The difference is we would only need "tell" the child the part they don't know rather than expect them to memorise the whole word. So in "want" the part the child doesn't know yet would be the <a> spelling for the sound /o/ and in "go" it would be the spelling <o> representing the sound /oa/ etc

simpson Mon 01-Apr-13 20:50:45

So how early on would you teach these words? Before the first 12 sounds or after? <<curious>>

sheeplikessleep Mon 01-Apr-13 21:03:49

DS1 started reception in September.
He started learning phonics from the beginning of the second half term (i.e. 6 weeks in).
In January, as well as continuing with phonics, he also gets 10 high frequency words to learn each week. We have been asked to keep showing these to our DC / make it into a game etc.
DS1 now seems to be efficient at phonetically decoding words (well the words for his level) as per the phonics, but just immediately 'reads' the high frequency words.
TBH his progress seems to have stepped up since introducing the high frequency words, or maybe it just appears that way ...

mrz Mon 01-Apr-13 21:03:58

It really depends on the child's ability to blend and segment.

ClayDavis Mon 01-Apr-13 21:05:43

To a certain extent it depends on the scheme. Letters and Sounds starts teaching tricky words in the first few weeks. Phonics international starts at about unit 2 I think, but tends to leave it up to the teacher to decide.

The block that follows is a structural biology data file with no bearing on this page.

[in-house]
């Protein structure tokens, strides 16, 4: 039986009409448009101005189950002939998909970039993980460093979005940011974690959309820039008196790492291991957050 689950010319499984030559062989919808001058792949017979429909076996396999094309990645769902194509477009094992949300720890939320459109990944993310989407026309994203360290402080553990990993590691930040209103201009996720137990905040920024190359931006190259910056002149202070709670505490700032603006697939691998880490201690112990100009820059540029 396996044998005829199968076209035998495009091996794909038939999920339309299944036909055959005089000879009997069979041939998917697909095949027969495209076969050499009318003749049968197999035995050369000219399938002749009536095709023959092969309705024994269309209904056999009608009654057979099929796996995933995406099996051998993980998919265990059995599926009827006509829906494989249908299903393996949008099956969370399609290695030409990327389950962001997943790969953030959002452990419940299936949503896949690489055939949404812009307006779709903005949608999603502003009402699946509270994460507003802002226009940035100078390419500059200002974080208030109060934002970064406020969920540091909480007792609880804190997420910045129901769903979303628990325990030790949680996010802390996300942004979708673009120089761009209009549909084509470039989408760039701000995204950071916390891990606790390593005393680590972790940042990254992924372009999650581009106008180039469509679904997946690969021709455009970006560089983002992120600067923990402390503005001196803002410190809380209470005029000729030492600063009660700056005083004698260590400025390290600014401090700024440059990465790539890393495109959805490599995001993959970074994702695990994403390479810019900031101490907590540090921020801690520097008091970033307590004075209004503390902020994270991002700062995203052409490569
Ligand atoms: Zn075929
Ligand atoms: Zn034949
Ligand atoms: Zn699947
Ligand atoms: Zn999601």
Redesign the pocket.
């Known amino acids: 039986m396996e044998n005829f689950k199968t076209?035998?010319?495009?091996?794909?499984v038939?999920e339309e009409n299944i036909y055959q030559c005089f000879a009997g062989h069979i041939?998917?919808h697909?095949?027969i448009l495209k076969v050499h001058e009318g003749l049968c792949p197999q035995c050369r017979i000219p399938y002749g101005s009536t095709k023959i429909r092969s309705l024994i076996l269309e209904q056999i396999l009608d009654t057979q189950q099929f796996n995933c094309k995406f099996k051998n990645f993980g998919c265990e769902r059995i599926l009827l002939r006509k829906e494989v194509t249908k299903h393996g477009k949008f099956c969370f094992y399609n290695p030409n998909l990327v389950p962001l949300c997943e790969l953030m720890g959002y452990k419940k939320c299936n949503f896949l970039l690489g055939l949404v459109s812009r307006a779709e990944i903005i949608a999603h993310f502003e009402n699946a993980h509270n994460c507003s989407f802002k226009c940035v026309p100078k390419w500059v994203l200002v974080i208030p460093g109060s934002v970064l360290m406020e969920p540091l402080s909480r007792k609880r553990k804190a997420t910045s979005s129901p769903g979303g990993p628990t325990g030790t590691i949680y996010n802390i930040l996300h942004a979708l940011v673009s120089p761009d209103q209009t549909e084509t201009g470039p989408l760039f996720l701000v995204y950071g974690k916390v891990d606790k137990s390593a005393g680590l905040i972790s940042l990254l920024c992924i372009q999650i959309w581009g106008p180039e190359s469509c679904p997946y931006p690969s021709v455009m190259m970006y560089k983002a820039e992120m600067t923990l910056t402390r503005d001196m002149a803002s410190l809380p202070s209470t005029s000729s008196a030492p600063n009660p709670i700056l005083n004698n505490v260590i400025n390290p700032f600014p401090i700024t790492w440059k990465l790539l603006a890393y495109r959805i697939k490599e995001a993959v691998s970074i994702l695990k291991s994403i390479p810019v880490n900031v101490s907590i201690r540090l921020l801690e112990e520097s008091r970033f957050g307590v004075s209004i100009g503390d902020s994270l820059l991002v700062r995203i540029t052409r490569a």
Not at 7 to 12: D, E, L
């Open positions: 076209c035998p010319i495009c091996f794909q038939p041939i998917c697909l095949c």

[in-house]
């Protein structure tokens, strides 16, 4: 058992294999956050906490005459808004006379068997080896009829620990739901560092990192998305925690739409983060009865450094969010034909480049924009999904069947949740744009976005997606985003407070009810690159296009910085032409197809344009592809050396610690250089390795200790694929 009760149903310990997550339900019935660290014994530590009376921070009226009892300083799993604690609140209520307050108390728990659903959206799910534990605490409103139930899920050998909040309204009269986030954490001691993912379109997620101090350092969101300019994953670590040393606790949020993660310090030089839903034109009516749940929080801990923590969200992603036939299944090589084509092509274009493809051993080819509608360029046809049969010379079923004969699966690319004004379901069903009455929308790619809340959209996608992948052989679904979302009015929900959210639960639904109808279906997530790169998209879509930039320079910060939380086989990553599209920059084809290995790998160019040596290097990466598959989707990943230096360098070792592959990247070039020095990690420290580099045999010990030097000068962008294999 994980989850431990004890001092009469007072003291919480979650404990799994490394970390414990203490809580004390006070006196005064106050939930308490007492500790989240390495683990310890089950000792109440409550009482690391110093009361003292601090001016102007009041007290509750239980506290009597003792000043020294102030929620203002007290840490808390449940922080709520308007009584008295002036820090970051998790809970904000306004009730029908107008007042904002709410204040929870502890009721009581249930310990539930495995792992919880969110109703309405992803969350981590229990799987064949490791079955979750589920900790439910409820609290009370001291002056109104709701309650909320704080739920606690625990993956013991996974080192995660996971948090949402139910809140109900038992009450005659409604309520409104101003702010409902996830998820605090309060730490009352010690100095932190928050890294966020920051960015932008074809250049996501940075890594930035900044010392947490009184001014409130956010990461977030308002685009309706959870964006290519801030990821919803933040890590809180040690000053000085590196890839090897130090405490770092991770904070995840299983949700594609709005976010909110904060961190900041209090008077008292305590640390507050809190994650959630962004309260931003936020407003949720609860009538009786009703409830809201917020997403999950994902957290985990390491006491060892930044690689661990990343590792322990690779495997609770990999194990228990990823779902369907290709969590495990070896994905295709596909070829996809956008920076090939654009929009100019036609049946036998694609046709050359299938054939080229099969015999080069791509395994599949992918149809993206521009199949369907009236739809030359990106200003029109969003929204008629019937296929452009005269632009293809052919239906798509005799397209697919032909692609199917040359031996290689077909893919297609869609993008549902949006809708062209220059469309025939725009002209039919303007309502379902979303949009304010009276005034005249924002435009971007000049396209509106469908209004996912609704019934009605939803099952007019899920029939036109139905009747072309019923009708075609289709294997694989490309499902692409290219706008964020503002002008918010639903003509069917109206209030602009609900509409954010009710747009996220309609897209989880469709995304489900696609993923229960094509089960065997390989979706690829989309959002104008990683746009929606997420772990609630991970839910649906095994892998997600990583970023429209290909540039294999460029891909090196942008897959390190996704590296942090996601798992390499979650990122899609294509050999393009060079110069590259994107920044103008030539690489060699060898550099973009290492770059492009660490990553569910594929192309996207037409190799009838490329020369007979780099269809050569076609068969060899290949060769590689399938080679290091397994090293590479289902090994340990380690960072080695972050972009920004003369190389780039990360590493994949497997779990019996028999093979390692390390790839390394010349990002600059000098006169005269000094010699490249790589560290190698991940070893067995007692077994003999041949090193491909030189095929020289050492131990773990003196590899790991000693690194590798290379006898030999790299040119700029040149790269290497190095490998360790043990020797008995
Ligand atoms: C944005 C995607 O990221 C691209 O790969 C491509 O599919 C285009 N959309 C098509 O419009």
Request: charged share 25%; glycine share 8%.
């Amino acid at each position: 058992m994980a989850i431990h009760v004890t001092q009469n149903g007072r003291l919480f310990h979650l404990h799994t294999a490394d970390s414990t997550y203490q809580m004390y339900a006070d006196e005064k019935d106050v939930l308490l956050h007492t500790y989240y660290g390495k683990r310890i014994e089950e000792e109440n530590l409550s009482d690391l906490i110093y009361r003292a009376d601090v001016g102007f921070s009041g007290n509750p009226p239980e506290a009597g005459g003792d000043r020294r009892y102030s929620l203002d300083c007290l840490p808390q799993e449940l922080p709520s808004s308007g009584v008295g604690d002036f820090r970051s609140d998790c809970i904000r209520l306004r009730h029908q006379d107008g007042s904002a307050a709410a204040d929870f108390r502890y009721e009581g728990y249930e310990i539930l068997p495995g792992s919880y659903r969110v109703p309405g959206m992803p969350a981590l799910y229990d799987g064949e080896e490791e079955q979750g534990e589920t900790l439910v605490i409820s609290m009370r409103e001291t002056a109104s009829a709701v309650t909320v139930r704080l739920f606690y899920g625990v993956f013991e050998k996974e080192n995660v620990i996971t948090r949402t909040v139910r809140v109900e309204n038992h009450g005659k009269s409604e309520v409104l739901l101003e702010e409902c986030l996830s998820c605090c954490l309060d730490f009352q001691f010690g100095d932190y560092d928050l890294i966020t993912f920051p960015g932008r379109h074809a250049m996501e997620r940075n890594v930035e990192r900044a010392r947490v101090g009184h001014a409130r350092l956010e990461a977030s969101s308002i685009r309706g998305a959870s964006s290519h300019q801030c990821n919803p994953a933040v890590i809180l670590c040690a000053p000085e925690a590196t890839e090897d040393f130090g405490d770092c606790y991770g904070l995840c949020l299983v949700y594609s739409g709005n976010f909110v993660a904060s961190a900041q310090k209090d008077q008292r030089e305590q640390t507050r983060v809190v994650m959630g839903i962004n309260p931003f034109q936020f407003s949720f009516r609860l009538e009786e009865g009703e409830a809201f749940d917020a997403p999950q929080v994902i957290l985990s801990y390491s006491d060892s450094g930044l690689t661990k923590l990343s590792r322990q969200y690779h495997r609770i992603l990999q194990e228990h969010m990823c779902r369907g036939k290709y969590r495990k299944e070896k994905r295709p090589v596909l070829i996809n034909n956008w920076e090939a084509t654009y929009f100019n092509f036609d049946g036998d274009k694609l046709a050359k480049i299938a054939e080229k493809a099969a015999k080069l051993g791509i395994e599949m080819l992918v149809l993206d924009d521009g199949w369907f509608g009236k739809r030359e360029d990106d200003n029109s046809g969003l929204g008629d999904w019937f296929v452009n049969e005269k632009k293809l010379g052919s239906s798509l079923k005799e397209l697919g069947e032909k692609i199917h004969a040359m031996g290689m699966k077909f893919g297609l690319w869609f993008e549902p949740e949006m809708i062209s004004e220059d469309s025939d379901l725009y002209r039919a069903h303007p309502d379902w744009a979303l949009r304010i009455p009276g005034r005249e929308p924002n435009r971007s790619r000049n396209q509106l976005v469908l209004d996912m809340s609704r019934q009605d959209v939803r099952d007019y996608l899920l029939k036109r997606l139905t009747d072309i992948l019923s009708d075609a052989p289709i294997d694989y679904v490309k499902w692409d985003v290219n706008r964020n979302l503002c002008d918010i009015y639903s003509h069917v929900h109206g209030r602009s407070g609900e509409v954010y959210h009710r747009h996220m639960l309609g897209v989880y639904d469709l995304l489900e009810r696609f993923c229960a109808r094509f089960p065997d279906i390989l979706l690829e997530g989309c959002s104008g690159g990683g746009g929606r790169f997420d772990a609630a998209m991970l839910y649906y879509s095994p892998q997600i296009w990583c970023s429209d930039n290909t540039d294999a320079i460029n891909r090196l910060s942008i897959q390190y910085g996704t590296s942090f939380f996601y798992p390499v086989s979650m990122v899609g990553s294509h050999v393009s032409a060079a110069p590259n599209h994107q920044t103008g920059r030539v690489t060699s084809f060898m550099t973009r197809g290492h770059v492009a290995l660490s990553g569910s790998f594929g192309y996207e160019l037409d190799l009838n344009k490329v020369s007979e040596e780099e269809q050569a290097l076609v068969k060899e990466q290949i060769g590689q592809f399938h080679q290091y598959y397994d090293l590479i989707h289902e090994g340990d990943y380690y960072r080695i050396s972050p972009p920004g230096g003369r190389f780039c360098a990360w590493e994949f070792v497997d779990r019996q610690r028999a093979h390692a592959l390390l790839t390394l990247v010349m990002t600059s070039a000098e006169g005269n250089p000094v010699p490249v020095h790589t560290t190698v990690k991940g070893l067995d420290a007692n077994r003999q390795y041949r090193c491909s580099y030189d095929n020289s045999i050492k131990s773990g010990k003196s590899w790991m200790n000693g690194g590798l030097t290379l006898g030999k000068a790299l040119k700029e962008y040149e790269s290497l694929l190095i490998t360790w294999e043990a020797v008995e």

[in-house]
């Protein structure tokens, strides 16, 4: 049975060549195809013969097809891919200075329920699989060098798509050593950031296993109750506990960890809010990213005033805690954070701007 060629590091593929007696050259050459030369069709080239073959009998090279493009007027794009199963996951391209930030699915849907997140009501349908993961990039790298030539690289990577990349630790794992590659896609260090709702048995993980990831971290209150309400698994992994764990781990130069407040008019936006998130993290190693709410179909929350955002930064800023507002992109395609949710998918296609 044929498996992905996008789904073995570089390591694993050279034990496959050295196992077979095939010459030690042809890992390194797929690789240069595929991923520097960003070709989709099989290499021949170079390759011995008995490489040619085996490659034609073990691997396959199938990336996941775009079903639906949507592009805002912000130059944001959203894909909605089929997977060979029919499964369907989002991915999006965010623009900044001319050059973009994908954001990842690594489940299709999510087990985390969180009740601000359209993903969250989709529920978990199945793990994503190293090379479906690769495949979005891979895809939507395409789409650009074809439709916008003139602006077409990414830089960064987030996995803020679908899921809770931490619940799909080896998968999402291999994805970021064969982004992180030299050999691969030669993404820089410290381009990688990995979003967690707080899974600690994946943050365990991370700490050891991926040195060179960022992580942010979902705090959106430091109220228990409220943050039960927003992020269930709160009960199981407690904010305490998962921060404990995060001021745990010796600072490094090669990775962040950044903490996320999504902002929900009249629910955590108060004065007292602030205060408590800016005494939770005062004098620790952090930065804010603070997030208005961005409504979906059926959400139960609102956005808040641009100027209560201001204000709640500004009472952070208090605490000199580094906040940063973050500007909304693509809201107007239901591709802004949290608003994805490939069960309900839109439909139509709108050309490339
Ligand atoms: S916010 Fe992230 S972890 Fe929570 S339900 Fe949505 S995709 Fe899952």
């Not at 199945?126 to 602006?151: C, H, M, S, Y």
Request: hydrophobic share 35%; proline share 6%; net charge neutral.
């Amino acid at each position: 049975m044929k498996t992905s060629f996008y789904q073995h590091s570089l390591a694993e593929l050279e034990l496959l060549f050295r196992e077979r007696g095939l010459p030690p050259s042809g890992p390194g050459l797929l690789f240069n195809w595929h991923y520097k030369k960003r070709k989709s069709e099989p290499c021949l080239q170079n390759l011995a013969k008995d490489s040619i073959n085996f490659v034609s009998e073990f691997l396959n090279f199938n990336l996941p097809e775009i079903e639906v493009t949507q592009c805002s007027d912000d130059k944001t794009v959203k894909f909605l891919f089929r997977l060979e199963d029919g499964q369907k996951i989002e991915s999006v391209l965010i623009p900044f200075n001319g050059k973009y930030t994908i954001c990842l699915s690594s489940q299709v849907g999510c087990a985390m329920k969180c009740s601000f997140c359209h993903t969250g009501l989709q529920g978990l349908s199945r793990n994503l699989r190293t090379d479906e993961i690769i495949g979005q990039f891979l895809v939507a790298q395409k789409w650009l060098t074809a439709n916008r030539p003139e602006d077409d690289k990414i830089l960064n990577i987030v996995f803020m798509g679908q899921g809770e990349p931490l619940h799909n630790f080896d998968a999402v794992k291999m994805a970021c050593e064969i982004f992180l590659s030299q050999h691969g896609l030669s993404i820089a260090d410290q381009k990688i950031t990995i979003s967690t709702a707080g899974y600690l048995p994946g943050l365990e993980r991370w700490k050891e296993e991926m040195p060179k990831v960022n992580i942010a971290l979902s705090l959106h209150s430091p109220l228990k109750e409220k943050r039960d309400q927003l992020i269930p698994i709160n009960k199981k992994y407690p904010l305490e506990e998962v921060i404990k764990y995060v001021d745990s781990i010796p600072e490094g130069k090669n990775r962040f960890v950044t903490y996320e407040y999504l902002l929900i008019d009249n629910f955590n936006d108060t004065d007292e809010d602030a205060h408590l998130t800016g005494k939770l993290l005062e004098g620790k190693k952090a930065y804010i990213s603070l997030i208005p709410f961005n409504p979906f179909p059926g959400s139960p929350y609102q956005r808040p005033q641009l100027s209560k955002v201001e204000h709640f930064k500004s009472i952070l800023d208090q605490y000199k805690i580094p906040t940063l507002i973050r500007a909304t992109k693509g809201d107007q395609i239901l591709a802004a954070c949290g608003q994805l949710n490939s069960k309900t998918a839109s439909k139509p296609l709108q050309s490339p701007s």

Personally, I would do it once some children can blend words and are moving towards reading and writing captions and sentences independently.

simpson Mon 01-Apr-13 21:24:50

That's why I ask...in DD's class there is her and one other who are reading chapter books and there are also some kids who are struggling to get the blending so find reading the word cat hard iyswim.

Would you split into ability groups (each group learning the same thing but at a different pace) or wait until all the class can blend?

What is segmenting? Is that putting 2 letters together (or more) to get one sound?

mrz Mon 01-Apr-13 21:29:54

Segmenting is splitting a word into sounds for spelling.

simpson Mon 01-Apr-13 21:33:45

Ah thanks ie ch a t for chat etc etc...